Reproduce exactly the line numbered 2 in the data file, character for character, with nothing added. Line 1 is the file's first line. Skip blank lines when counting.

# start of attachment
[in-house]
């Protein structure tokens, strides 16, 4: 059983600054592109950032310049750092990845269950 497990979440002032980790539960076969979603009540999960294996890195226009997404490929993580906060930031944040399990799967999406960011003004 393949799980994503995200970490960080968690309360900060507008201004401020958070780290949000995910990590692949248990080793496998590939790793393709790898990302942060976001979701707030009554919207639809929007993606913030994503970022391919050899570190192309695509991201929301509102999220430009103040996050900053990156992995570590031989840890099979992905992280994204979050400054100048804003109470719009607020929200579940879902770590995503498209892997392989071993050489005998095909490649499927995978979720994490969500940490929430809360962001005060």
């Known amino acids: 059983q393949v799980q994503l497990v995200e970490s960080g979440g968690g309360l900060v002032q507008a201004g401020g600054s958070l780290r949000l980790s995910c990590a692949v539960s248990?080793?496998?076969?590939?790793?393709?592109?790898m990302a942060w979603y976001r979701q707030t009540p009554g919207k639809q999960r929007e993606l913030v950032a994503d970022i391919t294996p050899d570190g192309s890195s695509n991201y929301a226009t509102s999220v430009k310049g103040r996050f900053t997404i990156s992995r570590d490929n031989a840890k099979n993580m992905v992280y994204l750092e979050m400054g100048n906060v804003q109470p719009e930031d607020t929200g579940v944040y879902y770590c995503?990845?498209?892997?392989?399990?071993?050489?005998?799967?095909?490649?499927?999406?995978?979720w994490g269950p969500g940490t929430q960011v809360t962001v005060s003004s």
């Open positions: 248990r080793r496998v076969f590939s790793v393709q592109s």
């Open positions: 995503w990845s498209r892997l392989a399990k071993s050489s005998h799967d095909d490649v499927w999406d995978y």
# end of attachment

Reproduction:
């Protein structure tokens, strides 16, 4: 059983600054592109950032310049750092990845269950 497990979440002032980790539960076969979603009540999960294996890195226009997404490929993580906060930031944040399990799967999406960011003004 393949799980994503995200970490960080968690309360900060507008201004401020958070780290949000995910990590692949248990080793496998590939790793393709790898990302942060976001979701707030009554919207639809929007993606913030994503970022391919050899570190192309695509991201929301509102999220430009103040996050900053990156992995570590031989840890099979992905992280994204979050400054100048804003109470719009607020929200579940879902770590995503498209892997392989071993050489005998095909490649499927995978979720994490969500940490929430809360962001005060």